First Iowa Bush Pilot Training Course & Seminar
(We Couldn't Use Ski Plane Fly-in as That Has Been Taken)
Les Gaskill's Cub
It was either a Tuesday or Wednesday morning. I had just arrived at AAA Headquarters and Cindy informed me I had a phone call. It was Rex Yokam. "You got the Champ on skis?"
"No the skis are down at Benny's"
"Well let's have a ski plane gathering at Antique Airfield on Saturday"
And so it started. Rex made some calls and I made some calls (sorry Coop!) and we put in motion events that would lead to a great day.
Benny Davis and Paul Felkner on Their Way to Montezuma
I watched the weather reports the rest of the week go from good to bad and back, but Saturday January 6th dawned clear with a forecast of westerly winds 10-15 mph and temps in the high 30's. Perfect!
Earlier in the week Benny Davis met me in Centerville with Rex's skis and Friday night I had them installed on RLT's Interstate Cadet instead of the APM's Champ. The main reason being the Interstate was in front of the hangar and it would take a lot less shoveling and plowing to get it out on skis. Turned out it was a wise choice as the skis fit perfectly on the Interstate with no bushings needed (like the Champ) and no need to remove the brakes (like the Champ). The only thing left to do was install the front safety cables and bungee cords but I would need some help with that.
Benny's PA-11 During a Rare Moment, Stopped on the Ground
Back to Saturday. I had the coffee on, the hangar doors open and a path shoveled out through the drift in front of the hangar. I had also managed to get the snowplow stuck, but that is another story. Rex showed up and we were preparing to finish the ski installation job on the Interstate when a PA-11 and a J-3 came flying by. We stopped our labors long enough to watch Dick Willets (J-3), Benny Davis and Paul Felkner (PA-11) provide the first seminar of the day, short field landings. You see, we had during the blizzards in December plowed a path from Hangar One over to the North Campgrounds to provide RLT a path to walk to work. This effectively cut the E-W runway in half giving us around 600 ft of runway. There would be neither groomed snow nor long runways for this group! After landing Benny and Paul provided the next lesson. How to get two people off a short runway in sticky snow. It took three tries.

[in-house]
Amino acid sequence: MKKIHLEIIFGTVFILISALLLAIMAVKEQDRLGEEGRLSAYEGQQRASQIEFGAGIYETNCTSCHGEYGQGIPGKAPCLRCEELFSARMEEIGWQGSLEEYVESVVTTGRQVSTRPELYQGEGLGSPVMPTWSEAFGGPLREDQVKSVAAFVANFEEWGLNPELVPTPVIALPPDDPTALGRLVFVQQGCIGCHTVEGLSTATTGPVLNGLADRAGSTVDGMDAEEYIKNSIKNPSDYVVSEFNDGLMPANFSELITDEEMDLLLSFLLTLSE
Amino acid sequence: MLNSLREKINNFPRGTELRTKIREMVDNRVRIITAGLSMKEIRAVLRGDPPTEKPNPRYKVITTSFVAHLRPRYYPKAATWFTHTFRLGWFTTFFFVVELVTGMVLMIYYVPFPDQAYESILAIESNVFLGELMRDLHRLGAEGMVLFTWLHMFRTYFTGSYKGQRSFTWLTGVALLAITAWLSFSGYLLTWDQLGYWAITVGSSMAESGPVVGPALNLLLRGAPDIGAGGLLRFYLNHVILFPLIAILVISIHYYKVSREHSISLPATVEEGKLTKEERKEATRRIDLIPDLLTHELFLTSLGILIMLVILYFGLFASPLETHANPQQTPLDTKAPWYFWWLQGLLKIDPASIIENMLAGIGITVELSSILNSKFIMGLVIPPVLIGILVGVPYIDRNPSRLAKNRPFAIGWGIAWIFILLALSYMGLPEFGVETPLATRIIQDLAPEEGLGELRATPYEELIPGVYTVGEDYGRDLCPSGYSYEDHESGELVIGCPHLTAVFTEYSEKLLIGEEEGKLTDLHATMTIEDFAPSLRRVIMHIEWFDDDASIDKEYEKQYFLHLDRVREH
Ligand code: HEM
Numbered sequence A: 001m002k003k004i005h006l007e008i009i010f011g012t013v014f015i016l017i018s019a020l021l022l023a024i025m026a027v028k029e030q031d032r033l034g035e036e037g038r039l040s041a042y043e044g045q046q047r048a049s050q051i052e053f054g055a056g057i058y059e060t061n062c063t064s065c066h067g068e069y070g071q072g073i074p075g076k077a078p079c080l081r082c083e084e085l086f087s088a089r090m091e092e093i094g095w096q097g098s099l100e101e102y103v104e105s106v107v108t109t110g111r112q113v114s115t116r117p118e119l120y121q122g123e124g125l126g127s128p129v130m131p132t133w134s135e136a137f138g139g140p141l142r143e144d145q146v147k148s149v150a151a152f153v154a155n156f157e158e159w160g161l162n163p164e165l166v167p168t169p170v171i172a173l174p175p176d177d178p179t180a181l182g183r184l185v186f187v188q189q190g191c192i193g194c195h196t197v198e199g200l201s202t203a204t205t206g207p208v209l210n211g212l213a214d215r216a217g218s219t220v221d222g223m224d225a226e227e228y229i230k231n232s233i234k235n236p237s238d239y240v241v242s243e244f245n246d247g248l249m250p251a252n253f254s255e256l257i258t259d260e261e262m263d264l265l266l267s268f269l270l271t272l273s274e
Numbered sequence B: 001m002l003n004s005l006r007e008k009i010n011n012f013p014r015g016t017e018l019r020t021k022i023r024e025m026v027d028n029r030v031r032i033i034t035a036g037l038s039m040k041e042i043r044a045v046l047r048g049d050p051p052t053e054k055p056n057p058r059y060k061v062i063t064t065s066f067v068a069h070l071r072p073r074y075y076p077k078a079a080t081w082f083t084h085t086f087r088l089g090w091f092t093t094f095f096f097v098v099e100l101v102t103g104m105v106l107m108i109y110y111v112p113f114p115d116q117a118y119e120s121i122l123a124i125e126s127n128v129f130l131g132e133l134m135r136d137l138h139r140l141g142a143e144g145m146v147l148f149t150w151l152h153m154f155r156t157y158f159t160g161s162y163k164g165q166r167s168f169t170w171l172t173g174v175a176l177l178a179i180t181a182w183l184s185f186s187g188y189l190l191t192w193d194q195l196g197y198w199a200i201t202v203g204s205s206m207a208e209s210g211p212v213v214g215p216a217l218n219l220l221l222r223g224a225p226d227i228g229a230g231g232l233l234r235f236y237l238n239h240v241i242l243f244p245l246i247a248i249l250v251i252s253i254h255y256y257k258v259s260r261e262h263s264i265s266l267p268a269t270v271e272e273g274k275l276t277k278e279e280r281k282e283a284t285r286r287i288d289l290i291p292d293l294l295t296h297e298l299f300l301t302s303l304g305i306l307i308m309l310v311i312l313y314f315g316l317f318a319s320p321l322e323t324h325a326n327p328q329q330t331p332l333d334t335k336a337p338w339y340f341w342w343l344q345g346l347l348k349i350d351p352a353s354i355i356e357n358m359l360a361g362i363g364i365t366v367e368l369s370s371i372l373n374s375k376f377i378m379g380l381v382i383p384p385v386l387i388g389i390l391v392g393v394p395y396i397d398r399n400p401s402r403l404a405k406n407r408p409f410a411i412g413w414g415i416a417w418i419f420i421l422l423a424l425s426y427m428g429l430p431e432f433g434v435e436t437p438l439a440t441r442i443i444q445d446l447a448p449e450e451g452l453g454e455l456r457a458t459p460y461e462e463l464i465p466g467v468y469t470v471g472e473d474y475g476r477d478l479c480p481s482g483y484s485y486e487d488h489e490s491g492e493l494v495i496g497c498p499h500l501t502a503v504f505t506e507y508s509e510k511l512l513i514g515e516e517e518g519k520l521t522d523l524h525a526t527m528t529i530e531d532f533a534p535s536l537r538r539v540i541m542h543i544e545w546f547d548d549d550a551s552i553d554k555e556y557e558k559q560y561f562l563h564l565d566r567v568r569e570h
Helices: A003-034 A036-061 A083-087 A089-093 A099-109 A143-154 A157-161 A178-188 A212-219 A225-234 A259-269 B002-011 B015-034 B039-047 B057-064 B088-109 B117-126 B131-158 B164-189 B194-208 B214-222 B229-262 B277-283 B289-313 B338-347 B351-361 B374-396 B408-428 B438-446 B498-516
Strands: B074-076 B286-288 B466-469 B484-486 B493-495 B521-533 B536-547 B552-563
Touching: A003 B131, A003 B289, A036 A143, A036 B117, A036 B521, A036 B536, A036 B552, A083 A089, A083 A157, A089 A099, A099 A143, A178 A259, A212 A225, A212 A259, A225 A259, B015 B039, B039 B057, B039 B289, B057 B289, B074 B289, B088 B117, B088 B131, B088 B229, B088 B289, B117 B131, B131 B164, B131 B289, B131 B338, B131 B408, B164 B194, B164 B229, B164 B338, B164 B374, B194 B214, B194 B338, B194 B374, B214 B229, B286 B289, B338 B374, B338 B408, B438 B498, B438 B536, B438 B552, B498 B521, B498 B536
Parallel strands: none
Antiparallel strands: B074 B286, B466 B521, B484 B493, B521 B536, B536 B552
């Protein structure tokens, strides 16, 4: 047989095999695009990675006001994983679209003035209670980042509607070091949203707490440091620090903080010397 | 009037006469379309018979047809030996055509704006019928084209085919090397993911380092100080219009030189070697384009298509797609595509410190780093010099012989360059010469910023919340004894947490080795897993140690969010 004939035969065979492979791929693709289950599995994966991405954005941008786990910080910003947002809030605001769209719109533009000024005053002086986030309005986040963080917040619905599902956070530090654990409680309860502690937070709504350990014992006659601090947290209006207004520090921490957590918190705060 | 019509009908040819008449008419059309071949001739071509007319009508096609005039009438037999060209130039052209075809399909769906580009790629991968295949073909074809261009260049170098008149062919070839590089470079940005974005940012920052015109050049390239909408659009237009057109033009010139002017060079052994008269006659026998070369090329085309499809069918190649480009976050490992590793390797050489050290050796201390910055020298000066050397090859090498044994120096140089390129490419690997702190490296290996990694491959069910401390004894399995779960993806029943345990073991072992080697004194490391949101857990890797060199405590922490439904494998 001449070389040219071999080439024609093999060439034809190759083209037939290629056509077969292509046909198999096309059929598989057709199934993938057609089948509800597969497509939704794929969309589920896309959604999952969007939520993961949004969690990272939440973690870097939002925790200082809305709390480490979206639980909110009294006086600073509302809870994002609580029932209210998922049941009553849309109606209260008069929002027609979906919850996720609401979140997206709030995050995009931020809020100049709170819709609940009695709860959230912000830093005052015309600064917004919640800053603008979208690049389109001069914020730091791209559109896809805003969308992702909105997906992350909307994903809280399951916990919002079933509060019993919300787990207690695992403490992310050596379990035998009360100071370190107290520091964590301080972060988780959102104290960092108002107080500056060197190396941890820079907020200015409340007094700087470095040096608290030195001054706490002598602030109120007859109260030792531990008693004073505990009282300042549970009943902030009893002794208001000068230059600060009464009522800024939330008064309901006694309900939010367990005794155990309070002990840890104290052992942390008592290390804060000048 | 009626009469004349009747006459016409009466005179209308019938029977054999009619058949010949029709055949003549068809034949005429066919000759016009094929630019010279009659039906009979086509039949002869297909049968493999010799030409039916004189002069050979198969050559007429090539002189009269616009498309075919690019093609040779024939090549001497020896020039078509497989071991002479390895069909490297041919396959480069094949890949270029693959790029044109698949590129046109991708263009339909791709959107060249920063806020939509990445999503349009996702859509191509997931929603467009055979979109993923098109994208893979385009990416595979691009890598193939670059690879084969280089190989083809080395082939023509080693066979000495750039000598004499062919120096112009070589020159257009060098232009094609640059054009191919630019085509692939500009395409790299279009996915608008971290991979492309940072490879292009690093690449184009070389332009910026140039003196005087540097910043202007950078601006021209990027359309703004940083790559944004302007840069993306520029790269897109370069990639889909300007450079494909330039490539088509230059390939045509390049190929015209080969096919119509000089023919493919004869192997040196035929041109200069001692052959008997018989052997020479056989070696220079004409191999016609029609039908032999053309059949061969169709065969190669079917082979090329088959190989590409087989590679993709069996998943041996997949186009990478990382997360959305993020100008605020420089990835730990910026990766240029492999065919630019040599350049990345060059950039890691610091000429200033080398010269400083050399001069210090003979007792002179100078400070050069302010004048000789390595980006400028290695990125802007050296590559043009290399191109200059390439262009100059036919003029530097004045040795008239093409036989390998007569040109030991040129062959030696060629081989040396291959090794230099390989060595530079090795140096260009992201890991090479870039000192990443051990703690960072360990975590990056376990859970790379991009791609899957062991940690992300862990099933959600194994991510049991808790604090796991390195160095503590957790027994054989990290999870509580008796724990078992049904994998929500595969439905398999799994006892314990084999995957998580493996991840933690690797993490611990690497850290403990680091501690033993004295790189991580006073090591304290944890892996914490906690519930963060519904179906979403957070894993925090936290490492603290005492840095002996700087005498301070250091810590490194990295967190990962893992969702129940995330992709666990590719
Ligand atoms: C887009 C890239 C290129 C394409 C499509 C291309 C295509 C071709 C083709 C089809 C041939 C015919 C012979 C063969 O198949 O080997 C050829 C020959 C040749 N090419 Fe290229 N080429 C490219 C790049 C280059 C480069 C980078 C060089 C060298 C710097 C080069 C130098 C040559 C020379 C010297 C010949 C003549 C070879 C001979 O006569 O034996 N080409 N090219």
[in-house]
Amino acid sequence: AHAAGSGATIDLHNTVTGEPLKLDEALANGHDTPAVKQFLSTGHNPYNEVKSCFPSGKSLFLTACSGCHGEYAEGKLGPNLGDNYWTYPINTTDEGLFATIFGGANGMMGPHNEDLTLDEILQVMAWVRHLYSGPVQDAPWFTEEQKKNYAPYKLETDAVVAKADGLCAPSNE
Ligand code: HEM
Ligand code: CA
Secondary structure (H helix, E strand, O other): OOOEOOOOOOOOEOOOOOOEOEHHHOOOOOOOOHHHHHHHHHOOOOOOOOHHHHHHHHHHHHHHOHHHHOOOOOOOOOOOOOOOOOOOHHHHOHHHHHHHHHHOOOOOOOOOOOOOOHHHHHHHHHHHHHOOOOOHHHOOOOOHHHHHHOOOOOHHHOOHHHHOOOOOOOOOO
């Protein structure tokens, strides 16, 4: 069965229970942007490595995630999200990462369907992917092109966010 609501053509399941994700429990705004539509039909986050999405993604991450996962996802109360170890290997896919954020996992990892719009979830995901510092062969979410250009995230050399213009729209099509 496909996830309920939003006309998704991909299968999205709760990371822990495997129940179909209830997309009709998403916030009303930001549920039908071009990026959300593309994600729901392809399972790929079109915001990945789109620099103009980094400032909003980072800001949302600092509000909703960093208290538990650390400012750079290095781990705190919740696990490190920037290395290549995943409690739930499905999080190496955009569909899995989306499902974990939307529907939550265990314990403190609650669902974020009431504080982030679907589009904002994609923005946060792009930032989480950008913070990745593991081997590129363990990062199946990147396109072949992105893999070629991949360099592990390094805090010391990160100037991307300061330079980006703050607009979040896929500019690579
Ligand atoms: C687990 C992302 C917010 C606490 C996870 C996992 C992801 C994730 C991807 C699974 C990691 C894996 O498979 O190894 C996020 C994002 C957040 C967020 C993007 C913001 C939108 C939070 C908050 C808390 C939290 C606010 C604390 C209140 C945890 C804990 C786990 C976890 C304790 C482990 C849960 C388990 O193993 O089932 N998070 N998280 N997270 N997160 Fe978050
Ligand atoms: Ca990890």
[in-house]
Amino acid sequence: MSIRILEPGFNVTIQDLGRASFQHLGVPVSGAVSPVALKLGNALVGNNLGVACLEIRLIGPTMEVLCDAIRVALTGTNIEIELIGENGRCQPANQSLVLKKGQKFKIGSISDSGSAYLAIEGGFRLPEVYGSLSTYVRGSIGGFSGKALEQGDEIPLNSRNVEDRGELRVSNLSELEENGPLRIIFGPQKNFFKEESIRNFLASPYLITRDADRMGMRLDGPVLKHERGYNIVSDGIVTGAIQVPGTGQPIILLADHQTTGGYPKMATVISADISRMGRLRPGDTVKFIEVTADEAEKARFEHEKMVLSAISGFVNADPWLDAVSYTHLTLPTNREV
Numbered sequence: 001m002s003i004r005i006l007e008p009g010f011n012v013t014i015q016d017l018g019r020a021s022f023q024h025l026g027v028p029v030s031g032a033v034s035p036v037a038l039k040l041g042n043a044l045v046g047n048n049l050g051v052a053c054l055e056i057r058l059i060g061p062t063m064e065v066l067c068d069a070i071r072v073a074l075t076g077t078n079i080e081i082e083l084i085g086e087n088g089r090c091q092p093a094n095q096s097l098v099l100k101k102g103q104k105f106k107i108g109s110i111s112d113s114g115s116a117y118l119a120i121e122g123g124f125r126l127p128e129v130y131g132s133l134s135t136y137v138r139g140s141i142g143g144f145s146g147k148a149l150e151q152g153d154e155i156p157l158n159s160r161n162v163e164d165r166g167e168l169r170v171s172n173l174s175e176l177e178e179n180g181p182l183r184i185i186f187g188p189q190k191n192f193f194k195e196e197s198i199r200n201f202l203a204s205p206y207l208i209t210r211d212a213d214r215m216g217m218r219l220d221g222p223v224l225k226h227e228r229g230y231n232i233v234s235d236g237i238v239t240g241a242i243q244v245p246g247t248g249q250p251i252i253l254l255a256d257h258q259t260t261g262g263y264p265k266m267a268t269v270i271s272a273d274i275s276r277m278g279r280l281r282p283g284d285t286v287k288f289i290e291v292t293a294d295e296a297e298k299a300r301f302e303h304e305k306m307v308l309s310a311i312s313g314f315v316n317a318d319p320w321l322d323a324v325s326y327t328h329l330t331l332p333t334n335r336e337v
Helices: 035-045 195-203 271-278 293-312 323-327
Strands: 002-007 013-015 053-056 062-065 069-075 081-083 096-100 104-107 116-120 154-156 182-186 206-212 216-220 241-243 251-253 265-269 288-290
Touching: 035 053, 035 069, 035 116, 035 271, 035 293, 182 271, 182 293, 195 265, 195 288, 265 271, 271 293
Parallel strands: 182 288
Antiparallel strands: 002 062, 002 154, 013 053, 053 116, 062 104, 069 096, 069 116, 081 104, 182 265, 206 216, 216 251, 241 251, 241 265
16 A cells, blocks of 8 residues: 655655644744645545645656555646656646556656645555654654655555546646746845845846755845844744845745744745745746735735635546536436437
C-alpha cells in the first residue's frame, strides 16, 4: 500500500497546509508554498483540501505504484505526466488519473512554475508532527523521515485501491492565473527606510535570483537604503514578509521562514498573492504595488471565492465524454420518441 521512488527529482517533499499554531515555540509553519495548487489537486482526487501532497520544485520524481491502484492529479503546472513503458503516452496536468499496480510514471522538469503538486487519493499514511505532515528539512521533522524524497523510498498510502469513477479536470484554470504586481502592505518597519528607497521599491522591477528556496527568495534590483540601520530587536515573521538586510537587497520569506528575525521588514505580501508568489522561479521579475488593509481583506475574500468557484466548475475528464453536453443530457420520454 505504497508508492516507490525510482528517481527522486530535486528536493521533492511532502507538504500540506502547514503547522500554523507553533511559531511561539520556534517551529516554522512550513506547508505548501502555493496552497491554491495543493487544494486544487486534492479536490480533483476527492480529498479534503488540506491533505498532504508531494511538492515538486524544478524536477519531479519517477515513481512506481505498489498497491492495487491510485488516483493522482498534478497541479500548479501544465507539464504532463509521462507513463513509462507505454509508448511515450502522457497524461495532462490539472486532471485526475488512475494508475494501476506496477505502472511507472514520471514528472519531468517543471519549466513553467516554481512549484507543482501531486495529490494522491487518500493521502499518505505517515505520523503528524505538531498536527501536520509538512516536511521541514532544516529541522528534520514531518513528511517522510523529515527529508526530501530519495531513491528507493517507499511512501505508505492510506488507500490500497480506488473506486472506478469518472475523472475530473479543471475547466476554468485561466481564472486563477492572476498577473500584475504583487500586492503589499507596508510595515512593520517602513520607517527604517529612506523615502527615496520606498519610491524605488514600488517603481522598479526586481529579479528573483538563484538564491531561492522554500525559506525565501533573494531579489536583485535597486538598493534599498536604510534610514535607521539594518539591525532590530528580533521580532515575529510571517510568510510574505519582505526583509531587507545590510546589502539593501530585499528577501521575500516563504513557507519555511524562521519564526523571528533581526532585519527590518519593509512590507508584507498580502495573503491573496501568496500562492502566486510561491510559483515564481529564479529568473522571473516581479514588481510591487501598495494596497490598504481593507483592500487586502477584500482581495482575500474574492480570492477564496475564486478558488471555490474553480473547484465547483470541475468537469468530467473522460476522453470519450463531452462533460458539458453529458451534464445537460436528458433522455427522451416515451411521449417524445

Les Gaskill's Cub with Two Shadows???
I was getting anxious to finish up the Interstate and get sliding but my luck of the night before ran out. Rex and I were turning the front landing gear attach bolts around (necessitating someone lifting the airplane up) when we discovered the bolts were to short with the safety cable attach fittings installed. Nuts!!! Now I had to go on a search for longer bolts. Once located I find they do not have long enough threads so out come the thread dies. When I finally get back to the airplane I now have a crowd watching and I provide the next lesson, how to install skis while being ridiculed and cajoled by a mob.
Soon enough the Interstate is out of the hangar and warming up. My wife and in-laws have arrived at the Ground Loop Inn with lunch (chili) as I try out the Cadet on the skis. I find it is nose heavy compared to the Cubs and Champs and one has to be careful so as not to provide an unexpected lesson! Shortly after Les (old school) Gaskill arrived in his J-3 and we have the group for the day. Four airplanes on skis in SE Iowa is a rather large group after all. While everyone was having lunch or over viewing the progress on the "Library of Flight" I was out flying. Rex was out in Benny's PA-11 and Dick in his Cub when I provided another lesson. How to land in a field smaller than you can get out of. After several racetrack patterns with still no luck in getting airborne I finally used the snowdrift at the end of the field to launch me over into the next field where I was able to taxi back to the hangars. This all took place on the airport and I will let the reader imagine exactly where.
Cub Taxiing Out, Interstate Arriving
Antiquer's of the Year, Chad and Betty Wille, had driven over from Corning and we discovered Chad had never flown on skis. So I sent him up in the Interstate for his first taste of sliding on snow in an airplane. He came back with that same grin everyone does after his or her first time. He then took Betty out for a ride. Next I took pity on Rex and let him go fly his skis. Of course he had already flown Benny's PA-11 and Les's Cub. I saw www. (Wire Wheel Wille) out in the PA-11 and Paul Felkner was seen shooting some landings and takeoffs in it also.
The afternoon was wearing on and we still had one more seminar to attend. This one would be at Sig field in Montezuma so we fired up and headed north. Rex and I gave the next demonstration, how to get two fat boys off of a short strip on skis. It took two tries. Then as you stagger into the air and try to clear the trees you do get an idea of how REAL Bush Pilots must feel.
Chad Wille flying Robert Taylor's Interstate Cadet
Once at Sig Field we noted Maxey had plowed part of the field. Actually he had dragged a cattle gate up and down the runway a few times (with a four wheel drive pickup) making a nice groomed surface on which to land. After our arrival Hazel treated us to hot chocolate and cookies and Benny took her flying in the PA-11. However it seemed that all to soon it was time to head home. These short winter days really cut into ones flying. We split up on departure from Sig Field and Rex and I enjoyed getting to see coyote, deer, wild turkey and bald eagles on our way back to Antique Airfield
If you haven't had the opportunity to fly an airplane on skis you really are missing something. It is a lot of work but once your sliding it's worth it. We hope that we will be able to do this again this winter and perhaps some of you can join us for a taste of ski flying!!!
Looks Like Fun, Doesn't It?